Open Data consultations

by Wendy M Grossman | posted on 03 October 2011

The opening last month of twin consultations on open data - Making Open Data Real and Public Data Corporation - is spurring a number of meetings to discuss how to respond. Today it was the Open Rights Group's turn to organize a brainstorming session.

Wendy M Grossman

Why two consultations? The first covers open data itself – how it should be defined, how it should be licensed, who gets to use it. The second covers the creation of a Public Data Corporation along the lines of the 50 or 60 other public corporations in the UK (of which the BBC is the best-known).

The hidden point of the PDC is to resolve an internal government conflict. On the one side, you have the Transparency Board within the Cabinet Office. On the other hand, you have the Treasury department, which derives revenues from selling the more obviously commercial datasets (Met Office data, Ordnance Survey, and the like). The situation there is additionally complicated by the fact that taxpayers' money only partially subsidizes the collection and sale of such data; trading funds (which I'd never heard of before) sell these datasets, and they create a wrinkle: if the datasets are now to be given away, where is the money to come from to pay for distributing it?

In the digital world, the cost structures of the physical world are inverted. In the physical world, the more data you give someone the more it costs you: photocopying, printing, paper, postage. In the digital world, less costs more: the more selective you have to be about which data to hand over the more it costs you in time. In the digital world the cheapest thing is to hand over everything. (Which is precisely how the affair of the HMRC discs@@ happened.) But that is not to say there is no cost: data must be maintained, cleaned, updated. What happens when someone finds an error in a dataset? How is that feedback loop managed and who pays to fix it?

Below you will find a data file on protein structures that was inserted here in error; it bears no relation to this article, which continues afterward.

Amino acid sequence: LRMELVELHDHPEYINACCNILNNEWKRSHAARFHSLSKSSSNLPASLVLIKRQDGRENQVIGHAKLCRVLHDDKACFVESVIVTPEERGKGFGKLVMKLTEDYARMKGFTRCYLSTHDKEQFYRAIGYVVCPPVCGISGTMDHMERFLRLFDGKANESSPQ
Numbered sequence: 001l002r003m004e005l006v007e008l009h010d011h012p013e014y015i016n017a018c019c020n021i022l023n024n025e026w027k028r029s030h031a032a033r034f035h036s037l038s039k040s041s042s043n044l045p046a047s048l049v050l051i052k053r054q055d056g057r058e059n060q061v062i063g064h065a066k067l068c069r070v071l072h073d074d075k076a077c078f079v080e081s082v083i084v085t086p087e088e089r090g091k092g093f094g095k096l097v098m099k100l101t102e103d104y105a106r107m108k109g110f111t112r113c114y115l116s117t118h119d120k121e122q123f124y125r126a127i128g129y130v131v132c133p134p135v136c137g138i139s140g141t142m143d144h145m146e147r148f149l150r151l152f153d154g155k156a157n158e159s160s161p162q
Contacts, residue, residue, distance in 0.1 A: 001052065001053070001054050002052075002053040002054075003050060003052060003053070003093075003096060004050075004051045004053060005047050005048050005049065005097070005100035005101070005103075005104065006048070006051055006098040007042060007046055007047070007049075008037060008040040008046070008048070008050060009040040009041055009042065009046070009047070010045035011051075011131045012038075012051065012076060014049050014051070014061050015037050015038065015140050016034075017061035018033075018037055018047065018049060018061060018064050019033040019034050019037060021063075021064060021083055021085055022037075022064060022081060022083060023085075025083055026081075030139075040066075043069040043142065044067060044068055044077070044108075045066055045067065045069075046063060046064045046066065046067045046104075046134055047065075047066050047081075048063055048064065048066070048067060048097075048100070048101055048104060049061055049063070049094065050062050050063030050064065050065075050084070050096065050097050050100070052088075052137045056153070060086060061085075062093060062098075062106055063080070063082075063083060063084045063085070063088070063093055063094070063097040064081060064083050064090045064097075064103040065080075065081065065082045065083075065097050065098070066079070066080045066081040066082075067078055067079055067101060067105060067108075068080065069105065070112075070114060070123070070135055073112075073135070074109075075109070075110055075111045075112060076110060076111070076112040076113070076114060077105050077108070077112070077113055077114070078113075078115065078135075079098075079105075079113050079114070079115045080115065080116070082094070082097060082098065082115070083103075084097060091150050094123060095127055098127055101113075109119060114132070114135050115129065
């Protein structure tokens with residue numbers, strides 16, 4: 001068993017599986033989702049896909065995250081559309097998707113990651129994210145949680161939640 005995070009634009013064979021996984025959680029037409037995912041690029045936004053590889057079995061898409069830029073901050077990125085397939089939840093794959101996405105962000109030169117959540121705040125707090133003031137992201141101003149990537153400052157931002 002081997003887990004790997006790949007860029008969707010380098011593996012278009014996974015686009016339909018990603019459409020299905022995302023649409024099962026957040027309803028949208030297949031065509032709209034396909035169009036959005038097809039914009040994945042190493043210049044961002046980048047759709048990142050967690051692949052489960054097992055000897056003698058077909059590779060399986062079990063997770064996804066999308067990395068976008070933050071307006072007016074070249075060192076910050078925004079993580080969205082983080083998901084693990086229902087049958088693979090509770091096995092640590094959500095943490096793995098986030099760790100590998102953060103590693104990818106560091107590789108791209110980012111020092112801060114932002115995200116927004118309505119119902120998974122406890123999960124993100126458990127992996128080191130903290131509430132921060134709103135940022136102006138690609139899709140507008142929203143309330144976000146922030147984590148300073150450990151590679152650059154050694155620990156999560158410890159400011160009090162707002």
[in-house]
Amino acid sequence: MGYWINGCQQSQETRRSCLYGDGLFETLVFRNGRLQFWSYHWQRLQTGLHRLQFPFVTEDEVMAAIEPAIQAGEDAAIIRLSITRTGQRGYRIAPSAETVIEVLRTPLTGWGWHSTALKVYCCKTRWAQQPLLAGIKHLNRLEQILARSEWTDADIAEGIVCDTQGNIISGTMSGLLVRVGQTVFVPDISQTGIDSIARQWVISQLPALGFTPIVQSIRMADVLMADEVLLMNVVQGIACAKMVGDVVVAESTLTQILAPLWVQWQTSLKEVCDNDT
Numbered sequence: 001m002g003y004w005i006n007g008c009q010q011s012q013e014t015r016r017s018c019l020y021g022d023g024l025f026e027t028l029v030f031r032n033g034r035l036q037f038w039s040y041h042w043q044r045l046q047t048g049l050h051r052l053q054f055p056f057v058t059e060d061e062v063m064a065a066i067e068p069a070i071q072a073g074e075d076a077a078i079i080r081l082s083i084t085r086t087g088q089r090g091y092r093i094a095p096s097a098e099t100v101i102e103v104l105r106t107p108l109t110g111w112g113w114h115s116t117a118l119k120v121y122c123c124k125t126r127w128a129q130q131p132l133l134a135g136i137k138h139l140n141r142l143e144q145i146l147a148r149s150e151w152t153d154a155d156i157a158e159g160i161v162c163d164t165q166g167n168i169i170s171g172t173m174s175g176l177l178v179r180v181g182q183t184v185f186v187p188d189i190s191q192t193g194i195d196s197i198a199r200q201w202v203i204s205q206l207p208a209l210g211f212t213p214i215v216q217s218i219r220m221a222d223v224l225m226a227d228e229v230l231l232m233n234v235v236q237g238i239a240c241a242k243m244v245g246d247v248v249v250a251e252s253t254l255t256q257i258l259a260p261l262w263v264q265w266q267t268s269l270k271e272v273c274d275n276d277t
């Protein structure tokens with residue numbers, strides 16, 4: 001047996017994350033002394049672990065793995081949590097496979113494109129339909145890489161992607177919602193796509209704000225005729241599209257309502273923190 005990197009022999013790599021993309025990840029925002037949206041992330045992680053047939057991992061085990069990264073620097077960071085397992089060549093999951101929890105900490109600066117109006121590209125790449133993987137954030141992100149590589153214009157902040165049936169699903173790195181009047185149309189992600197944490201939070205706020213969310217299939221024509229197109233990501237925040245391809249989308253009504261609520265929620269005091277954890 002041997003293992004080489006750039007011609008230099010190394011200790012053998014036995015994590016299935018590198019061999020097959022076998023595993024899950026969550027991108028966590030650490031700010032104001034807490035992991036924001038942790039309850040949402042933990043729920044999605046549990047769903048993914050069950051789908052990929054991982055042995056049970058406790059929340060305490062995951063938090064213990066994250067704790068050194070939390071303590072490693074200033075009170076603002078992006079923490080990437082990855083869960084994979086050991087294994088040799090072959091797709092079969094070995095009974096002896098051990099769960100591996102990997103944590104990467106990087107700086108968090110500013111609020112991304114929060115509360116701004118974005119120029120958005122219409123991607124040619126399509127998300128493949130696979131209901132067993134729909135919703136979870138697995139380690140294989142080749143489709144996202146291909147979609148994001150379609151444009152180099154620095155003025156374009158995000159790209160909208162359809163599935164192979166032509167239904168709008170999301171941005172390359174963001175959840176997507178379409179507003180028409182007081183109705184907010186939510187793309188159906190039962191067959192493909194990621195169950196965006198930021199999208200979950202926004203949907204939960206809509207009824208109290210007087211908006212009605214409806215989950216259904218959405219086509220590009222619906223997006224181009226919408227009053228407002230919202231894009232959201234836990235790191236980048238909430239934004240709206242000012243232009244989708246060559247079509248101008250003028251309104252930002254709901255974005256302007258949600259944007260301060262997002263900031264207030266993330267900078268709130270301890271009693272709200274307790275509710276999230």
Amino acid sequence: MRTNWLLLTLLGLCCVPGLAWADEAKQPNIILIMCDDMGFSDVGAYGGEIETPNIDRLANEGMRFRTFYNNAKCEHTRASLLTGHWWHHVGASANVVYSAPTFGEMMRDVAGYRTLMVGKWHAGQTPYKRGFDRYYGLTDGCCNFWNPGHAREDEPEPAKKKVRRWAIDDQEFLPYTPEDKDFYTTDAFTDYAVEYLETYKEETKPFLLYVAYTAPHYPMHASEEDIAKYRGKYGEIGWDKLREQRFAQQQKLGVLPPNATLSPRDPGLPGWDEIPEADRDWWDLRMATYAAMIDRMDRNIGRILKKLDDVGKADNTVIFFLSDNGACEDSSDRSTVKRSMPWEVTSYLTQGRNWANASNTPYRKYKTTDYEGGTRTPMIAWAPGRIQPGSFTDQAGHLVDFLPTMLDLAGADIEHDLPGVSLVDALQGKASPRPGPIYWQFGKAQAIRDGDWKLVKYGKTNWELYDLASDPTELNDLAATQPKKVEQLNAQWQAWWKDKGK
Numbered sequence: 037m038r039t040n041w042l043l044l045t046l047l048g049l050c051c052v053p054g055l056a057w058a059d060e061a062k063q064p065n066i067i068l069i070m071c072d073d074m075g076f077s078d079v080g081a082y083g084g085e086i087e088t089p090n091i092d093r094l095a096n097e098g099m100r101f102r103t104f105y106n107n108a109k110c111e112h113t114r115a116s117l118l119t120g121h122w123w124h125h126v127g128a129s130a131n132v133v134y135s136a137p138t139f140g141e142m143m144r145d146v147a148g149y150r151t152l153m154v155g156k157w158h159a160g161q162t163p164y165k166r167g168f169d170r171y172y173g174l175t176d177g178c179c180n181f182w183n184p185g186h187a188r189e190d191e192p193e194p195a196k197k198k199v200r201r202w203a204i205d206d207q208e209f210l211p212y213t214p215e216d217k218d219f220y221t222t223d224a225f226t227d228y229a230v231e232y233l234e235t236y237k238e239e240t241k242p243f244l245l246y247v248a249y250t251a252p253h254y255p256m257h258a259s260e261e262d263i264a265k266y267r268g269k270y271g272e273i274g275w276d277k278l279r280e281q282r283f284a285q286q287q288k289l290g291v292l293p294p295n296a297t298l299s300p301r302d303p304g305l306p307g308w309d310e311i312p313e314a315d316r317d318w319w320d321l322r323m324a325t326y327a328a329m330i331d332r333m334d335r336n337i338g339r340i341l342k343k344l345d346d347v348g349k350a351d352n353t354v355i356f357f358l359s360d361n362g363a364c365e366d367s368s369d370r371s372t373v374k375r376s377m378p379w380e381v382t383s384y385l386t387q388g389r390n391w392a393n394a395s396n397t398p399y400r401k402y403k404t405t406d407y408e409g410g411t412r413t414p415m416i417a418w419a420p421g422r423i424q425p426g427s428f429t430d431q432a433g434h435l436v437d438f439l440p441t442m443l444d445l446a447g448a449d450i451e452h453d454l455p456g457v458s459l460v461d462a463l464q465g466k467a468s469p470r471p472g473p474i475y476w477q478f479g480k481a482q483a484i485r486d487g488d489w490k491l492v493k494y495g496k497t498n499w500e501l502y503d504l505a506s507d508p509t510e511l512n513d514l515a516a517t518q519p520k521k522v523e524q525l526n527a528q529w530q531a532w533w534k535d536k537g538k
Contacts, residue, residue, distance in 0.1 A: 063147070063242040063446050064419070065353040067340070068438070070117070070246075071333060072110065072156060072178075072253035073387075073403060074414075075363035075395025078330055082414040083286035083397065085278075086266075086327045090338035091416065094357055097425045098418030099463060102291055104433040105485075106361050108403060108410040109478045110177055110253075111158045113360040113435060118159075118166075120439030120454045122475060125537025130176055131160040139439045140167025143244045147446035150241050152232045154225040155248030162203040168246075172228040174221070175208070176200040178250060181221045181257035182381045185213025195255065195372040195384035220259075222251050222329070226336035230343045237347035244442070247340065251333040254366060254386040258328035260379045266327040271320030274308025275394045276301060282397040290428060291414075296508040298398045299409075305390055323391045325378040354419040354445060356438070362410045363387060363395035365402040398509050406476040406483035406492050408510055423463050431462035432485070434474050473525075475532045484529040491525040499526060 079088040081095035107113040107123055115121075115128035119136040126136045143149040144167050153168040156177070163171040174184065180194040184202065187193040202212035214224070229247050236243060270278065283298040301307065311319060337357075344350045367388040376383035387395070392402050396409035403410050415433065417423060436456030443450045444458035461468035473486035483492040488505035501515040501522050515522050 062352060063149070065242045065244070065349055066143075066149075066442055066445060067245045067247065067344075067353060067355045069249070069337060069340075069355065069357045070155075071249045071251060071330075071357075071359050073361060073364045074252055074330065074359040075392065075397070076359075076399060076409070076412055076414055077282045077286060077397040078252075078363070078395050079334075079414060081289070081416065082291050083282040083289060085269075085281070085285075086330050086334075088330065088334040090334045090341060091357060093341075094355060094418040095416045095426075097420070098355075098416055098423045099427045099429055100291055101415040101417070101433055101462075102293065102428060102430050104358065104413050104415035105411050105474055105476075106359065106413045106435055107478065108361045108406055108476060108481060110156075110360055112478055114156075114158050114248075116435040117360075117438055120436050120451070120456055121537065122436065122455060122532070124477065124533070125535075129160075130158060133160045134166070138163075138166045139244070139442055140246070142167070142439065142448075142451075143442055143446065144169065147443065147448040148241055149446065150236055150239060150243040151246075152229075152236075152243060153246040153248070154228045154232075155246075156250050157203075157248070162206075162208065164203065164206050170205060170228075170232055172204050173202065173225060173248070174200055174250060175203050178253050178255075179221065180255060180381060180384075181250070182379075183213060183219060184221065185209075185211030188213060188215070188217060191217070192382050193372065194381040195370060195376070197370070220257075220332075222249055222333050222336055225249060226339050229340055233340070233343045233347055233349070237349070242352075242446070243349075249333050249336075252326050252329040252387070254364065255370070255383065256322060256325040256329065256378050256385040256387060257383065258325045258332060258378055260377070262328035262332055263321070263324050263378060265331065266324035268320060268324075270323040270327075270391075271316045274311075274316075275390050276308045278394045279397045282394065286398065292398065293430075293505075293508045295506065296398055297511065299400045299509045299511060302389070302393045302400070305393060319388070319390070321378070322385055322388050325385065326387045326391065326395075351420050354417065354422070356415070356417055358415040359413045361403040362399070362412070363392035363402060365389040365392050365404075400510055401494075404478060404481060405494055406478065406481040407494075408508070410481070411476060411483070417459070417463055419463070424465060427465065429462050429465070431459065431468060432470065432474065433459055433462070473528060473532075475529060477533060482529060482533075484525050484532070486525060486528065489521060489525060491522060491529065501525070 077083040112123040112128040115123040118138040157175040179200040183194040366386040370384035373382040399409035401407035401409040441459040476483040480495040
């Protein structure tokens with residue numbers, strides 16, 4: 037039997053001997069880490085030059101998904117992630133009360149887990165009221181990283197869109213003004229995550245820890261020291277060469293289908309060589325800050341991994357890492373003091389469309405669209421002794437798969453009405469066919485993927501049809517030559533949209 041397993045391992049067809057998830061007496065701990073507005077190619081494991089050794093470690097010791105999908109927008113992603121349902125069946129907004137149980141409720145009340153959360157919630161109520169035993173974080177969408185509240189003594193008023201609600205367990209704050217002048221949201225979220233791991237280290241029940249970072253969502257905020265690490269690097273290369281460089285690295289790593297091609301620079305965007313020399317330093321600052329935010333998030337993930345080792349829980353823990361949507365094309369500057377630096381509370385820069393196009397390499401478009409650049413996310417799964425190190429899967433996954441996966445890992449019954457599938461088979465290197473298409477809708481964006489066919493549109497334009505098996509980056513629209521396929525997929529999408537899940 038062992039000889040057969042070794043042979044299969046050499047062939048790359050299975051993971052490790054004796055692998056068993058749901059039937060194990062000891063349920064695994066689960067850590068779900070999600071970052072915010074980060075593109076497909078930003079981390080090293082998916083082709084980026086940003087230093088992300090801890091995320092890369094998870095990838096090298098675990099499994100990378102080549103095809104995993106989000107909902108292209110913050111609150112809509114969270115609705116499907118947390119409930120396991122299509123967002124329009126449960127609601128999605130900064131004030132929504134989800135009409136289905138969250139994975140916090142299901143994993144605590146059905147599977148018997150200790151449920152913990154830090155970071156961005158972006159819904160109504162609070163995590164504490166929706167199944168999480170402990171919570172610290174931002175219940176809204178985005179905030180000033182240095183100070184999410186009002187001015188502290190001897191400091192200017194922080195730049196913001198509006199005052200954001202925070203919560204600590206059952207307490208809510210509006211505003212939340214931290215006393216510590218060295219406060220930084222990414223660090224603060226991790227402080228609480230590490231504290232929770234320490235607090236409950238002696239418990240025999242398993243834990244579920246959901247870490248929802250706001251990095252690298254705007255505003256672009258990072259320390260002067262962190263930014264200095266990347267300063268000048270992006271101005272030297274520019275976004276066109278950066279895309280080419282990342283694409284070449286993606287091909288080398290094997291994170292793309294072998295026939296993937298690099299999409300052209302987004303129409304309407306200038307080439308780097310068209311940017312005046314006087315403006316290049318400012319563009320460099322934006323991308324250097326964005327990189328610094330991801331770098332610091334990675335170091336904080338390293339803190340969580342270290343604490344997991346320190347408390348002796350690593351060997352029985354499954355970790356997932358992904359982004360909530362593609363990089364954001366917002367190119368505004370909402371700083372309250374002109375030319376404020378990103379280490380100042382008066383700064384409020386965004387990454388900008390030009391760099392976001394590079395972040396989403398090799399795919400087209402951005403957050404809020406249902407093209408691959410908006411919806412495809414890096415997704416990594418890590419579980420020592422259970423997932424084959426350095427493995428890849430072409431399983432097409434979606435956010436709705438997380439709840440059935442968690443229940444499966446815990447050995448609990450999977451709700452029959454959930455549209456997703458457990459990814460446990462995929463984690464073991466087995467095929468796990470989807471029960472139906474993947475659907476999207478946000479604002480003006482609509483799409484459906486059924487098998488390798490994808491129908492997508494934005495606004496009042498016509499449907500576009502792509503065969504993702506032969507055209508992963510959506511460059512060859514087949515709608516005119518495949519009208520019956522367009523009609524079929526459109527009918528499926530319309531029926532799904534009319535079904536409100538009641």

Almost everybody seemed to hate almost everything about the PDC proposals other than the name.

The discussion about open data itself was more complex. Some basic principles seem clear: that open data should not be confused with personal data. That no one wants a situation where only big, rich corporations can afford to buy it, so that instead of having a single mjonopolist (government) we have an oligopoly who can even more effectively disempower citizens and smaller organizations. That one of the complex issues is that, like anyone who's been using computers for a long time, has no clear idea of what data it has: it needs an inventory.

There are all sorts of other issues surrounding privacy (although open data is not personal data), anonymization (which most experts think is impossible to guarantee), what kind of framework might be needed, since the existing data protection laws are designed to protect citizens not deal with collective data, and so on. Kieron O’Hara’s report, Transparent Government, Not Transparent Citizens (PDF), is highly recommended for background reading.

The deadline for submissions is October 27, 2011. ORG's Jim Killock sets out ORG's initial views here, hoping for feedback.

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